by Lilach Schrag, Artist-in-Residence This summer I had the pleasure of working with groups from five different aidot. During our daily meetings throughout the second two weeks of camp, Kochavim, Garinim, and Solelim created plaster sculptures, and Shoafim and Bogrim put together a large papercut installation.

After discussing the concept and theme of each collaborative project, campers learned the technique and saw examples of artwork using the technique in both Jewish and general art. All the pieces created by campers were incorporated into large collaborative artworks or exhibit for camp.Created in God's Image - Kochavim painting plaster casts (2)

Kochavim worked in pairs to make portraits of creatures created betzelem Elohim (in the image of God). After sculpting with plaster, paint, and fabric on molds, Kochavim named their creations just like the Biblical Adam who gave names to God’s creatures.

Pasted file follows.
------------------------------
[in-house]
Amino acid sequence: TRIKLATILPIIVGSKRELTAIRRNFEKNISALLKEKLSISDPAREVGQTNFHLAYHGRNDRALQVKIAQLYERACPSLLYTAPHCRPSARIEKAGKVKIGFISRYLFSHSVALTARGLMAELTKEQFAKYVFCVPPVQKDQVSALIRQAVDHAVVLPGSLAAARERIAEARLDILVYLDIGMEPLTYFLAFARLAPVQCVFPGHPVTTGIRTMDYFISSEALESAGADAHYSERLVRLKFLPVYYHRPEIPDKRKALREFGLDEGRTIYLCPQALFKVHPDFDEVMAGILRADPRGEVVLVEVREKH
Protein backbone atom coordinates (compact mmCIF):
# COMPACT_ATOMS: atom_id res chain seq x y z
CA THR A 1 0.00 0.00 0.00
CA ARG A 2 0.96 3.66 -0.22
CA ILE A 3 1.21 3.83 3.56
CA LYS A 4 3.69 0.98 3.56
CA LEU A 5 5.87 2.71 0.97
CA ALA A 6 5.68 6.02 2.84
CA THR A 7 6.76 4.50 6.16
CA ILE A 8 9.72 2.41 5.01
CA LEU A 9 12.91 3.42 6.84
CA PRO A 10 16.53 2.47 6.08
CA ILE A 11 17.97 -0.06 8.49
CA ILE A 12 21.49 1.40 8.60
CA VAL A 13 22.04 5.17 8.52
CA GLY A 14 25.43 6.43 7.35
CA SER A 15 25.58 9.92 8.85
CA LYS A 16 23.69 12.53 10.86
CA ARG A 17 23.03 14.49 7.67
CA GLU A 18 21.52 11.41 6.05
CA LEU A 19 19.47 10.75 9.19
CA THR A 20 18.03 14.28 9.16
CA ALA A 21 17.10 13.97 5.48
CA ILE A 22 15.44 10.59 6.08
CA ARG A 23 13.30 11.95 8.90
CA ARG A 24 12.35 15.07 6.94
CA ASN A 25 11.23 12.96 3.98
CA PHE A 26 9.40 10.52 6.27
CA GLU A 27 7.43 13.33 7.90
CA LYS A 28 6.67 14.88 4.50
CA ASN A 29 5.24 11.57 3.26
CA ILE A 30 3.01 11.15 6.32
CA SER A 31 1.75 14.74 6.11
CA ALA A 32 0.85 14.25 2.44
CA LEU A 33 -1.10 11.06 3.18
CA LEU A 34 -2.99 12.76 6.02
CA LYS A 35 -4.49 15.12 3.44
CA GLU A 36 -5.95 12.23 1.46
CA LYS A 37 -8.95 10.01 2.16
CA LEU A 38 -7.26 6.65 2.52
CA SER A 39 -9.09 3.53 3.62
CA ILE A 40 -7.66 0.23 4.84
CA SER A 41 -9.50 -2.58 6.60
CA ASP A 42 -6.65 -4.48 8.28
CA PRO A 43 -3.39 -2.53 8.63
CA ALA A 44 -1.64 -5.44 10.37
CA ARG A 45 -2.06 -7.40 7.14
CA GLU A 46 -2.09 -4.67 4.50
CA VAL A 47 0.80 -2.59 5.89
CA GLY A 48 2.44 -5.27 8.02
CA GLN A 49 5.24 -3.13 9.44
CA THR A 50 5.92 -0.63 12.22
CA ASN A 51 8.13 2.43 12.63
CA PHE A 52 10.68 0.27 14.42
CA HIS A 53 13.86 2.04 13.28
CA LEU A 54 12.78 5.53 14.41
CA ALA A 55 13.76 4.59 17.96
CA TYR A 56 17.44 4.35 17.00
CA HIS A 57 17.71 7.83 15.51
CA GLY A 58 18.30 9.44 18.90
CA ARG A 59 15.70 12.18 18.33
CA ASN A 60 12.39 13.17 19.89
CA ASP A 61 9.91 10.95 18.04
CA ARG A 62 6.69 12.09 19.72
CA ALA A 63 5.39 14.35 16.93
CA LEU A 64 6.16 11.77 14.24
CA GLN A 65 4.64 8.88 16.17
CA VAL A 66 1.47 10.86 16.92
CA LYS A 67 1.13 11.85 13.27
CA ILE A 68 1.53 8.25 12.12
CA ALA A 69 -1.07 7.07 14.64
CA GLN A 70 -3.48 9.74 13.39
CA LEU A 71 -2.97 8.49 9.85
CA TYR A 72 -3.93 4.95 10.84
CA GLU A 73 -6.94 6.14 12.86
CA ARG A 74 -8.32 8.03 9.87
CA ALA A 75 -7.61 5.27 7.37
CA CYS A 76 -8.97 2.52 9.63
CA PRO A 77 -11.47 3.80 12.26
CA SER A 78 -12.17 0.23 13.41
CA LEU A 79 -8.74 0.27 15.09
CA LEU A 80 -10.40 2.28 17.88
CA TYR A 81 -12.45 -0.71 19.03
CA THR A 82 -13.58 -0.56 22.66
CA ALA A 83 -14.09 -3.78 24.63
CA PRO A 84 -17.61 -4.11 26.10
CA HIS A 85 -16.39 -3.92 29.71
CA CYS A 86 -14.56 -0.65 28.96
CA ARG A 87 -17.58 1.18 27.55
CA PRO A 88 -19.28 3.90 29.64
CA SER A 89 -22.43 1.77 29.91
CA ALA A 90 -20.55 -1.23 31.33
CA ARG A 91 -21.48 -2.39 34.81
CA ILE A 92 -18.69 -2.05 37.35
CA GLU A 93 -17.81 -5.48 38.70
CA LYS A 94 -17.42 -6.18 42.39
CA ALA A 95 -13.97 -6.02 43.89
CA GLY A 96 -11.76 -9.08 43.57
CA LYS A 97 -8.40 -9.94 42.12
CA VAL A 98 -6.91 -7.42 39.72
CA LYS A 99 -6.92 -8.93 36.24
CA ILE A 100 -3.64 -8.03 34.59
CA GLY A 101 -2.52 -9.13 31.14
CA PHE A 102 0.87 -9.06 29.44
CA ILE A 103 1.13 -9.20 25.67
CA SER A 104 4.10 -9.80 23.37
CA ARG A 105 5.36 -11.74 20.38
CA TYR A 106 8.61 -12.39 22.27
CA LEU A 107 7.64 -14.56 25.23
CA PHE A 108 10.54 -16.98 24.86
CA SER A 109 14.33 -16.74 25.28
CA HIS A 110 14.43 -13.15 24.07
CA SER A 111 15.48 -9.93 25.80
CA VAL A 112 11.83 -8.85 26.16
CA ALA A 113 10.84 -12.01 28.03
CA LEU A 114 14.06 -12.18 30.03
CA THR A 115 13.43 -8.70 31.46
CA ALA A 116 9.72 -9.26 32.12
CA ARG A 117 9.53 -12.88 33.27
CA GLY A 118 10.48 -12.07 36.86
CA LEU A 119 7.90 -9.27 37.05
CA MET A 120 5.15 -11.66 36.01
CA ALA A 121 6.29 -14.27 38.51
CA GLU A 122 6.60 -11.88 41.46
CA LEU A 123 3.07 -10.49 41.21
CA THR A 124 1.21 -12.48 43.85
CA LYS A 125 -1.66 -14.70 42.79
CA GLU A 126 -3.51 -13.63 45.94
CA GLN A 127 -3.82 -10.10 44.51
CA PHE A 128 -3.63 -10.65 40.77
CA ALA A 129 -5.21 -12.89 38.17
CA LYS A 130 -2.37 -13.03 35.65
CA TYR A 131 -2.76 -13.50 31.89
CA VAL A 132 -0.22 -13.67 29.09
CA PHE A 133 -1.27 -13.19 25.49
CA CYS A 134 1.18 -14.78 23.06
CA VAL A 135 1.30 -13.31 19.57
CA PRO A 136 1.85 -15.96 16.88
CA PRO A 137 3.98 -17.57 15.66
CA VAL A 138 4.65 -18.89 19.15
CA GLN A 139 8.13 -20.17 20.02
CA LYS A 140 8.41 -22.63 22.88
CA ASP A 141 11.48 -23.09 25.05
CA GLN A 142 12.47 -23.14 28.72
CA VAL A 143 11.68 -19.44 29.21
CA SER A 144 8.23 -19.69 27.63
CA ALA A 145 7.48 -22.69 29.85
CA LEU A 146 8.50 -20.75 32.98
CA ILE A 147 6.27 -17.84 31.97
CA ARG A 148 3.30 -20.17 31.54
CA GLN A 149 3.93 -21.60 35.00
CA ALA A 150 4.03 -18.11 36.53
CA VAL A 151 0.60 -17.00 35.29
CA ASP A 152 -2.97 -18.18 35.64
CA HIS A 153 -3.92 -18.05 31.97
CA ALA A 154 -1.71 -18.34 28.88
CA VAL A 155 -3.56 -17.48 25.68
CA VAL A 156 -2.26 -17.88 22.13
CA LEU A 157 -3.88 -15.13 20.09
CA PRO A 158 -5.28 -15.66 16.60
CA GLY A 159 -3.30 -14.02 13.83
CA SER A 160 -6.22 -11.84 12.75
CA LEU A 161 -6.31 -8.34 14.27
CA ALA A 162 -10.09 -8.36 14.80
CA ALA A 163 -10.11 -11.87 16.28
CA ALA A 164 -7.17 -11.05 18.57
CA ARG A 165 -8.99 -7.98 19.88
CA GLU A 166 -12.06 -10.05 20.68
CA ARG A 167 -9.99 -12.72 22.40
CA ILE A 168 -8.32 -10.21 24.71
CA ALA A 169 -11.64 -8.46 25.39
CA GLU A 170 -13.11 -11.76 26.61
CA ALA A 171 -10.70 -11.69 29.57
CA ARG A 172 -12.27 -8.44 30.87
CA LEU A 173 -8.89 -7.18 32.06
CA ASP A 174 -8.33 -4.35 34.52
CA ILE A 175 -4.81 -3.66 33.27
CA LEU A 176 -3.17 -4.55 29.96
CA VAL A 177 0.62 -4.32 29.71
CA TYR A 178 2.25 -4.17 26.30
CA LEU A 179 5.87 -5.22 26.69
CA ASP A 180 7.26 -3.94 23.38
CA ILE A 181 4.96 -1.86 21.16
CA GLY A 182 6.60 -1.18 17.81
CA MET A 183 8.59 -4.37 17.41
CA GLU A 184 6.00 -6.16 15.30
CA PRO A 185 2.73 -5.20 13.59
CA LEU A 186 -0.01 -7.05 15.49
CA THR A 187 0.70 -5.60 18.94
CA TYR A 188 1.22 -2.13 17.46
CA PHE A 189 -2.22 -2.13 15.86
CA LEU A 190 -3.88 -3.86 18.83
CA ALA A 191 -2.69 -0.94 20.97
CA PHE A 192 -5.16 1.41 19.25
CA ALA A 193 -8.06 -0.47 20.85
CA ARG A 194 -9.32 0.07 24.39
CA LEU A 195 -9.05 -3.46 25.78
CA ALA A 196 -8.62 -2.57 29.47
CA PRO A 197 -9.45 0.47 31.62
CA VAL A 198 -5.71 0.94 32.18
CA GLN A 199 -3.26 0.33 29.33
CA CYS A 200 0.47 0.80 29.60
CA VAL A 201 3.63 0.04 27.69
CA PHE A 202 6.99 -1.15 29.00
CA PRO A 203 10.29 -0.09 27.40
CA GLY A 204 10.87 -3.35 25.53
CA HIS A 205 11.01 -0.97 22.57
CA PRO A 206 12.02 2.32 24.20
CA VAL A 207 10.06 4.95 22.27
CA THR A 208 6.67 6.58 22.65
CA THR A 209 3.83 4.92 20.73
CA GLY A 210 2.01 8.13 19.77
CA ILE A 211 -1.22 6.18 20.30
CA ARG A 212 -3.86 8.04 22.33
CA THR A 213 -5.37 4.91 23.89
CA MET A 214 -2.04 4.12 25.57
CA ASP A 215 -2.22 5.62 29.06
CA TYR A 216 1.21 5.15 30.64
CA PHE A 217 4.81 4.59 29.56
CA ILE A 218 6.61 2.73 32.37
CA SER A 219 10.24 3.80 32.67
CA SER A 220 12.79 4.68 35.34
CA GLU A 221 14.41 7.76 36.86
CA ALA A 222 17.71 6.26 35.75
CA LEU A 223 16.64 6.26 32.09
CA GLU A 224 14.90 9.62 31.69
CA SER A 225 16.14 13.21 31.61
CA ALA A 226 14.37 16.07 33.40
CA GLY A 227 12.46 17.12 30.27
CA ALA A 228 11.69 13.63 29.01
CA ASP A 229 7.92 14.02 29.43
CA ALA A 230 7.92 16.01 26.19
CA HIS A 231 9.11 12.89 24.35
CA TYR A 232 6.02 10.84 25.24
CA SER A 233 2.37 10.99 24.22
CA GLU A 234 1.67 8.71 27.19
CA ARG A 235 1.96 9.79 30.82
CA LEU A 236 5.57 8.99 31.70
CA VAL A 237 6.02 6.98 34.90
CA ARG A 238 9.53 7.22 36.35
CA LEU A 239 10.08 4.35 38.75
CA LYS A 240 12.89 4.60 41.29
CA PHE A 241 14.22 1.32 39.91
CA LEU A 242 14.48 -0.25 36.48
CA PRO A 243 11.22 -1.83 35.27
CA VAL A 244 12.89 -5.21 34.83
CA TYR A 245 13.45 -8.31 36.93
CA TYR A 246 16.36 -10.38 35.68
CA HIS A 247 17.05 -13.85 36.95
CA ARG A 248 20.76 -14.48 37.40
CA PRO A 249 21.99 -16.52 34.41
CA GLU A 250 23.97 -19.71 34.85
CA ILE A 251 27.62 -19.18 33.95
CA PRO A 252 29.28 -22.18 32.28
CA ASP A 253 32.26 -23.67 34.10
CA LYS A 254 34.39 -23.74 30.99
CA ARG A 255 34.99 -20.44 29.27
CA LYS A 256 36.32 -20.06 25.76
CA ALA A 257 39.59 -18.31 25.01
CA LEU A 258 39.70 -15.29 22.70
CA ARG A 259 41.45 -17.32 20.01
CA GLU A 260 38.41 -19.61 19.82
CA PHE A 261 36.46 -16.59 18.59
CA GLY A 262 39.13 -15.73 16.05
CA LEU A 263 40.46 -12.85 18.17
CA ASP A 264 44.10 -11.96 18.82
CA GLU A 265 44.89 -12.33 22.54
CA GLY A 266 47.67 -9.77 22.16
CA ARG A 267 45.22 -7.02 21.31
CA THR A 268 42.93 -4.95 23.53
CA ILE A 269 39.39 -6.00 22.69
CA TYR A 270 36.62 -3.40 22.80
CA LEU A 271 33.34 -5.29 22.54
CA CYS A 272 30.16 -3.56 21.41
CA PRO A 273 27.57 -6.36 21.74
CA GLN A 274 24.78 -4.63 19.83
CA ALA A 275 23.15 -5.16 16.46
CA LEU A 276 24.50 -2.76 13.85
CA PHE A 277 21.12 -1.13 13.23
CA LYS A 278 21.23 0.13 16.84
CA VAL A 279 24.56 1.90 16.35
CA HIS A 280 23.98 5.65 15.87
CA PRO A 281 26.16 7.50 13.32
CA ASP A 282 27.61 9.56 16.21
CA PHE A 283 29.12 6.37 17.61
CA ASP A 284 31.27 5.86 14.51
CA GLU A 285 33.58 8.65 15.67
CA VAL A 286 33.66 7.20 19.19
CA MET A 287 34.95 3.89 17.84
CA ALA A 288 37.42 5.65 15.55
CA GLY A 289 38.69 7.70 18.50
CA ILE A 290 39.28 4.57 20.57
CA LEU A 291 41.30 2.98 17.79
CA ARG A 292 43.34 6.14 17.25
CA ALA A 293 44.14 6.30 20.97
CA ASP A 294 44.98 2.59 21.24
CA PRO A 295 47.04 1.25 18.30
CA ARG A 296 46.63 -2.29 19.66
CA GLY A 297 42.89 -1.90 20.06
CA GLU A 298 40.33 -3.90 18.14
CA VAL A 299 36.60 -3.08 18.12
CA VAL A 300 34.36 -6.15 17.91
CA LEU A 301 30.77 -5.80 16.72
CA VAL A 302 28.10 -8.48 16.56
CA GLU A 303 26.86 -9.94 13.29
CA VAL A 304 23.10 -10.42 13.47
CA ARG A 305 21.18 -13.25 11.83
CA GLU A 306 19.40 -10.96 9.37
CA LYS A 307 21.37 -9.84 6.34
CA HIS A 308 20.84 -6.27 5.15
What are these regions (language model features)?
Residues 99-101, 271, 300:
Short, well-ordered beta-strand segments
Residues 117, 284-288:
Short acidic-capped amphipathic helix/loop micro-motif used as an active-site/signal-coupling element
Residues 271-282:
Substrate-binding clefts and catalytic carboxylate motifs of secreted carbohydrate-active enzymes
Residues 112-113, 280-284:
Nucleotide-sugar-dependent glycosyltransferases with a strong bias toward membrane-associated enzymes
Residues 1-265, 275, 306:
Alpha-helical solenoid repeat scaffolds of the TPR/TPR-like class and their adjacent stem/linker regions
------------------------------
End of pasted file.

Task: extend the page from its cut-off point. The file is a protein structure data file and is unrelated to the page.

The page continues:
Garinim concentrated on the Havdallah service. Each camper created a flame sculpture using wire, plaster, and paint. All individual flames were then assembled on a painted wood base to form one collaborative flame sculpture.

Preparing for their summer musical Willy Wonka & the Chocolate Factory, Solelim shared thoughts about what their personal “golden ticket” is, looking for a value that is precious in their lives. They embossed metal “tickets” with Hebrew words representing values such as friendship, family school, pets, love, and acceptance. Next, they used plaster bandages to each cast their own hand in plaster. Together, they decided to paint the hands in rainbow and gold colors and arrange them in a circle with their corresponding tickets.

d (2) croppedInspired by what they learned about paper cutting from traditional Jewish art to large contemporary art installations, Shoafim and Bogrim designed a large 19’ x 7’ x 9’ paper cut installation for the windows and ceiling above the main entrance of the front dining room. The work features Jewish imagery and Hebrew text depicting the seven species (Deuteronomy 8:8) and part of Birkat Hamazon (Deuteronomy 8:10). Large Tyvek sheets (industrial polyethylene fibers) were cut with x-acto knives, painted, and assembled into a collaborative artwork that enhances the spirit of the gathering in the room.

On your next visit to camp, be sure to look for these beautiful collaborative creations!